Three types of Monsanto genetically modified corn are under scrutiny in the wake of a new study published by the International Journal Of Biological Sciences which found that rats ingesting the corn were subject to statistically significant amounts of organ toxicity.
These three types -- Mon 863, insecticide-producing Mon 810, and Roundup® herbicide-absorbing NK 603 -- have been approved for consumption in the US and several countries in Europe.
The finding that corn produced by one of the world's agricultural giants could cause organ failure has been met with obvious concern by food activists and consumers alike. It's not the first bout of negative publicity for Monsanto, which has been vilified for everything from producing Agent Orange, intimidating farmers, using aggressive tactics to squeeze out competition, pressuring farmers to be dependent on their products, and strongly promoting the use of genetically modified seeds here and abroad. It has been negatively portrayed in films such as "Food, Inc." and "The World According To Monsanto".
While some groups like Change.org, see this study as a rallying cry for regulatory action and boycott, others on both sides of the GMO issue think the study results itself are not clear and shouldn't be accepted wholeheartedly. The IJBS is not a peer-reviewed journal, and the work was not an independent analysis of the effects of the GM corn on rats. Rather, it was a full interpretation of all of the samples of rats in the 90-day study that Monsanto itself sponsored. After analyzing the data, the European researchers came to the conclusion:
"Effects were mostly concentrated in kidney and liver function, the two
major diet detoxification organs, but in detail differed with each GM
type. In addition, some effects on heart, adrenal, spleen and blood
cells were also frequently noted. As there normally exists sex
differences in liver and kidney metabolism, the highly statistically
significant disturbances in the function of these organs, seen between
male and female rats, cannot be dismissed as biologically insignificant
as has been proposed by others. We therefore conclude that our data
strongly suggests that these GM maize varieties induce a state of
hepatorenal toxicity.[...] These substances have never before been an
integral part of the human or animal diet and therefore their health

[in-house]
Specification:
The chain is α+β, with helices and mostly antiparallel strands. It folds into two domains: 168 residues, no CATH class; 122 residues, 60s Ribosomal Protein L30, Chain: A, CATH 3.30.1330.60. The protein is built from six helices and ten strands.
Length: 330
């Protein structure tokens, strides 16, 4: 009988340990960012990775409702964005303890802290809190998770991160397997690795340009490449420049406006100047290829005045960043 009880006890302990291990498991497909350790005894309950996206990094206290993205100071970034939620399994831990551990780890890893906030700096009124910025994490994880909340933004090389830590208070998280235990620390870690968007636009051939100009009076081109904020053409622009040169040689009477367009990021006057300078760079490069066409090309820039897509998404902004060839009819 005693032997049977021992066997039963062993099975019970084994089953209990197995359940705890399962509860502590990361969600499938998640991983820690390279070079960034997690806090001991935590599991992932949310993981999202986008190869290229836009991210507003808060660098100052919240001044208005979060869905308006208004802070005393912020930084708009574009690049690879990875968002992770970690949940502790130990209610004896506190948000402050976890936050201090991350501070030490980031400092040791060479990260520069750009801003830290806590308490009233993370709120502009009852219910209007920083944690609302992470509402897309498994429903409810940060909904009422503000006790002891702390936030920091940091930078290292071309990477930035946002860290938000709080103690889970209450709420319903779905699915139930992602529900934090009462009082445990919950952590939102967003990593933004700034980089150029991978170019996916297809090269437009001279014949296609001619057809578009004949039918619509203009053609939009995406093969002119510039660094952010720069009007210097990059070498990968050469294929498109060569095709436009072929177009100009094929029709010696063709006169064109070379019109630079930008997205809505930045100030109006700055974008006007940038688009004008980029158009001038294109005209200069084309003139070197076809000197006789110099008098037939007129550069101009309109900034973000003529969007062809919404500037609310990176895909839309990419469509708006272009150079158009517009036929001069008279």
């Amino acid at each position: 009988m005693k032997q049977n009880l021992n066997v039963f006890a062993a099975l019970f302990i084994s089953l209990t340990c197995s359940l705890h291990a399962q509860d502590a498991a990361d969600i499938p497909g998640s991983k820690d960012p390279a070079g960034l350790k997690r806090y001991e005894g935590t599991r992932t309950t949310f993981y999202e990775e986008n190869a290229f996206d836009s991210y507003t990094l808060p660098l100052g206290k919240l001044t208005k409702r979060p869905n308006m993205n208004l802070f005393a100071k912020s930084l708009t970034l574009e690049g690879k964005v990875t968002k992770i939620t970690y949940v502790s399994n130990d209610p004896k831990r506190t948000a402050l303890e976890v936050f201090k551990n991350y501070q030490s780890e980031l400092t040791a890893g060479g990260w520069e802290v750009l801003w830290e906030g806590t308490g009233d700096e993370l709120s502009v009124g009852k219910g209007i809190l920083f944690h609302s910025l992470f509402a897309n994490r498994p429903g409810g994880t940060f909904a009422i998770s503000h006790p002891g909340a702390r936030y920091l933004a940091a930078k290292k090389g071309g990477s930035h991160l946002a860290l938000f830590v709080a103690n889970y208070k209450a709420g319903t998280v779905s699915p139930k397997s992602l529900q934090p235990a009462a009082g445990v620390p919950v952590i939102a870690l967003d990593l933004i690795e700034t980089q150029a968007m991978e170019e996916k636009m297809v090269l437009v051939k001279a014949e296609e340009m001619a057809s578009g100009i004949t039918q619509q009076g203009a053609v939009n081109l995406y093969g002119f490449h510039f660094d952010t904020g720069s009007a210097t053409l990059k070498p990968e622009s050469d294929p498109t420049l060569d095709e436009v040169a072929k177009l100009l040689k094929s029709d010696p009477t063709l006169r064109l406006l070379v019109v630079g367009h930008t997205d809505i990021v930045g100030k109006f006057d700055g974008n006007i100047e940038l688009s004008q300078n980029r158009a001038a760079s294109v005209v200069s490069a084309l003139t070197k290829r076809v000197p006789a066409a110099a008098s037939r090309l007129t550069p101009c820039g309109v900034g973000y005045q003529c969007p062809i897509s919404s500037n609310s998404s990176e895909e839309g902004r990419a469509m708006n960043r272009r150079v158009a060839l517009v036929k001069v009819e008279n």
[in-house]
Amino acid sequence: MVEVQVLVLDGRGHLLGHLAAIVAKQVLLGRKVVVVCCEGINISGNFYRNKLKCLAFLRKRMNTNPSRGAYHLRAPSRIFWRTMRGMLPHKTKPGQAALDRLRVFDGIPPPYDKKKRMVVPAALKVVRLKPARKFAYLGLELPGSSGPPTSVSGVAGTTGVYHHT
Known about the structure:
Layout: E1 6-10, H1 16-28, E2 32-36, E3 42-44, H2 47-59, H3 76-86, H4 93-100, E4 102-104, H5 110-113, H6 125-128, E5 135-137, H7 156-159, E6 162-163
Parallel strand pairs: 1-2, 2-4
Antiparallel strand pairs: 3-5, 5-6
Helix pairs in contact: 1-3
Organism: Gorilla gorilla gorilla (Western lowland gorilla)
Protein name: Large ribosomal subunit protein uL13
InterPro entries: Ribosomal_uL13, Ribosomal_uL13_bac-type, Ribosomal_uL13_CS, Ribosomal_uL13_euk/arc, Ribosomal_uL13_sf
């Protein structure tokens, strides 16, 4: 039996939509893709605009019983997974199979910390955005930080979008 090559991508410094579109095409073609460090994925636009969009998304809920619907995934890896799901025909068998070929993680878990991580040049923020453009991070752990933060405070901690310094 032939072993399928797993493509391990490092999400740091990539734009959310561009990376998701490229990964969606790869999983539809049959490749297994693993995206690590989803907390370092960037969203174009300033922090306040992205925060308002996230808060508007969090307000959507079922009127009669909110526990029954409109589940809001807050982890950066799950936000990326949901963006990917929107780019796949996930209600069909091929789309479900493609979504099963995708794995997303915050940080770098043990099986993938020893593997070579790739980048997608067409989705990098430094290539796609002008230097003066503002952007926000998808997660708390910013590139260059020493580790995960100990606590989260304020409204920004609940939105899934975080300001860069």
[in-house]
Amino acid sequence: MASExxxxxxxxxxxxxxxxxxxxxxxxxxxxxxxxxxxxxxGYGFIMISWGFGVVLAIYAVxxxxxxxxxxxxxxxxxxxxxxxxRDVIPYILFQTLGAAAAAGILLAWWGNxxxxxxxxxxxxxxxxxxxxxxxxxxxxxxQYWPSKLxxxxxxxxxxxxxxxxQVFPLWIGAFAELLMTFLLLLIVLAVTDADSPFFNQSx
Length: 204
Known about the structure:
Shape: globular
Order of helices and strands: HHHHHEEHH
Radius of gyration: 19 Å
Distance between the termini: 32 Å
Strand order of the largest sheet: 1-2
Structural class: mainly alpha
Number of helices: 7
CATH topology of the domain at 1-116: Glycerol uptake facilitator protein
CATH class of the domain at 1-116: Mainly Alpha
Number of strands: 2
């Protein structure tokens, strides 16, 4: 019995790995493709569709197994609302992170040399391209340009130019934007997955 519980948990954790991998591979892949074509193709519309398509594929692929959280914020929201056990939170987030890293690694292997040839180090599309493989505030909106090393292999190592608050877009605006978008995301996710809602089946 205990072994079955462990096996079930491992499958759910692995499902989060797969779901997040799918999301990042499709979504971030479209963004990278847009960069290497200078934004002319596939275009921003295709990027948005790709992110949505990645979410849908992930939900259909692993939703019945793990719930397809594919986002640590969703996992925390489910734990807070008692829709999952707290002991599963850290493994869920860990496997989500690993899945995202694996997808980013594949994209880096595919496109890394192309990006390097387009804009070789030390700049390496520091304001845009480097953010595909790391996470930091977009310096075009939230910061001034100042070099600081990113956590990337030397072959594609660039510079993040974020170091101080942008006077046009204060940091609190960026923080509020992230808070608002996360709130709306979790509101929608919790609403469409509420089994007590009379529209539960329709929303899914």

consequences for those who consume them, especially over long time
periods are currently unknown."
Discover notes that Greenpeace, an activist environmental group sponsored the scientists' research -- they had to sue to obtain the raw data in the first place, and that the IJBS is relatively obscure. Leading nutrition professor Dr. Marion Nestle wrote on her blog about the study, "I found the paper extremely difficult to read, in part because it is
written in exceptionally dense and opaque language, and in part because
it presents the data in especially complicated tables and figures." Monsanto claims that the study employed "non-traditional statistical methods to reassess toxicology data from studies conducted with MON 863, MON 810 and NK603 corn varieties" and that the IJBS paper reaches "unsubstantiated conclusions."
The IJBS study itself strenuously suggests more testing over two years rather than 90 days to evaluate the long-term health impacts, and by independent researchers rather than Monsanto itself. The study also points out that Monsanto conducted the study only once rather than multiple times, and only tested one species -- rats -- and emphasizes that testing on more mammals of this GM maize is needed to reach any kind of conclusion on safety. This maize is used as both animal feed and for human consumption.
According to the FDA's website, the agency concludes that genetic engineering that occurred in the maize varieties, MON 810, NK603, MON 863 was not different enough from past approved products and did not need a pre-market review. The FDA essentially takes Monsanto's word that the company had done adequate testing to ensure its safety, as shown clearly in this letter. Several countries in Europe, such as Germany and France, have recently banned GM crops, specifically MON 810 after it had been approved for consumption in the European Union.
Furthermore, there are no laws requiring companies to label if their products contain GMOs. Even food labeled "Organic" that is processed with multiple ingredients must only be 95% organic, leaving loopholes for obscure ingredients that are genetically modified to be included. HuffPost Blogger and Eco Etiquette columnist Jennifer Grayson has written a comprehensive article detailing the ways to avoid genetically modified foods in light of the fact that there are no labeling requirements in the US.
So the facts are as follows: We eat corn and corn derivatives that have been genetically modified, which has been banned for being unsafe in other countries -- the FDA has not done independent testing on the health effects of at least three types of corn that we are eating, and have instead taken Monsanto's word for the fact that they are safe. Monsanto resisted releasing their data to independent researchers -- environmental groups had to sue to get it. Once it was released and analyzed by one group of scientists, they wrote a dense study in a non-peer reviewed journal and found statistically significant amounts of organ failure in the rats in Monsanto's own study. Consumers often have no way of knowing clearly if they are eating genetically modified food.
The FDA did not return calls for comment.